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is there an easier way to write this?  RSS feed

 
niraj pateI
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public void Calculate()
{
frequency[0] = middleC;
frequency[1] = middleC * (Math.pow(2,(0.0833)));
frequency[2] = frequency[1] * (Math.pow(2,(0.0833)));
frequency[3] = frequency[2] * (Math.pow(2,(0.0833)));
frequency[4] = frequency[3] * (Math.pow(2,(0.0833)));
frequency[5] = frequency[4] * (Math.pow(2,(0.0833)));
frequency[6] = frequency[5] * (Math.pow(2,(0.0833)));
frequency[7] = frequency[6] * (Math.pow(2,(0.0833)));
frequency[8] = frequency[7] * (Math.pow(2,(0.0833)));
frequency[9] = frequency[8] * (Math.pow(2,(0.0833)));
frequency[10] = frequency[9] * (Math.pow(2,(0.0833)));
frequency[11] = frequency[10] * (Math.pow(2,(0.0833)));
frequency[12] = frequency[11] * (Math.pow(2,(0.0833)));
frequency[13] = frequency[12] * (Math.pow(2,(0.0833)));

}
 
fred rosenberger
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Do you know how to write loops yet?
 
niraj pateI
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fred rosenberger wrote:Do you know how to write loops yet?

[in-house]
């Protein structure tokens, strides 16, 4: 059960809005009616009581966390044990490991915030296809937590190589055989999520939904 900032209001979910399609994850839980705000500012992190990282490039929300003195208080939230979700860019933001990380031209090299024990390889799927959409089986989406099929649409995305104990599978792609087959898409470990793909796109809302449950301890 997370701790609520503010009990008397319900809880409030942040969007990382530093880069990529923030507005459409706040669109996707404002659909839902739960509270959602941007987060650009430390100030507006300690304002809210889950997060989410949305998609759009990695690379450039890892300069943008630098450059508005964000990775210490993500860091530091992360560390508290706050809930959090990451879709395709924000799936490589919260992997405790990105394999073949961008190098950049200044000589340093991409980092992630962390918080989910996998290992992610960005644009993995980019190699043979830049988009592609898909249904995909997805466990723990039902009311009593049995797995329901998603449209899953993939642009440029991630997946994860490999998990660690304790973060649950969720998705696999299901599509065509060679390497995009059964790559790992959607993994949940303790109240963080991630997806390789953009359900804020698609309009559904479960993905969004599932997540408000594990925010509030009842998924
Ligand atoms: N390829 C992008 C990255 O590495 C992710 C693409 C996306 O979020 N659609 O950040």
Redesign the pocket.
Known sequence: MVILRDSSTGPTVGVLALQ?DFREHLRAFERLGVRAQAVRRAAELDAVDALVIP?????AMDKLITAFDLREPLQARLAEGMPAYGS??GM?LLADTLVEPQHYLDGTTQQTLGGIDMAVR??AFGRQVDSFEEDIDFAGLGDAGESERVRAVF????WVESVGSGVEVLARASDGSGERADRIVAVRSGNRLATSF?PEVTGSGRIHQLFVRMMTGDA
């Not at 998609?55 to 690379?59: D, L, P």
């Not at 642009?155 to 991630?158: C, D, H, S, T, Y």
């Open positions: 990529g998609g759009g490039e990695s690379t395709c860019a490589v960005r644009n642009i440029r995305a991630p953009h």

yes
 
fred rosenberger
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That was really a hint, more than an actual question.

Any time you see a hunk of code doing the same thing over and over and over, with the only difference being the index of an array, you should think "How can I write this using a loop of some kind".

Note that this line:

could have been written like this:
 
Campbell Ritchie
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It isn't 0.0833. Use 1.0 / 12.0. Don't call pow twelve times. Call it once and get a double value for the twelfth root of 2.
I thought 0.0833 would be dreadfully imprecise, but using that twelve times comes to 1.9995... I was mistaken.
Where do you get frequency[13] from?
 
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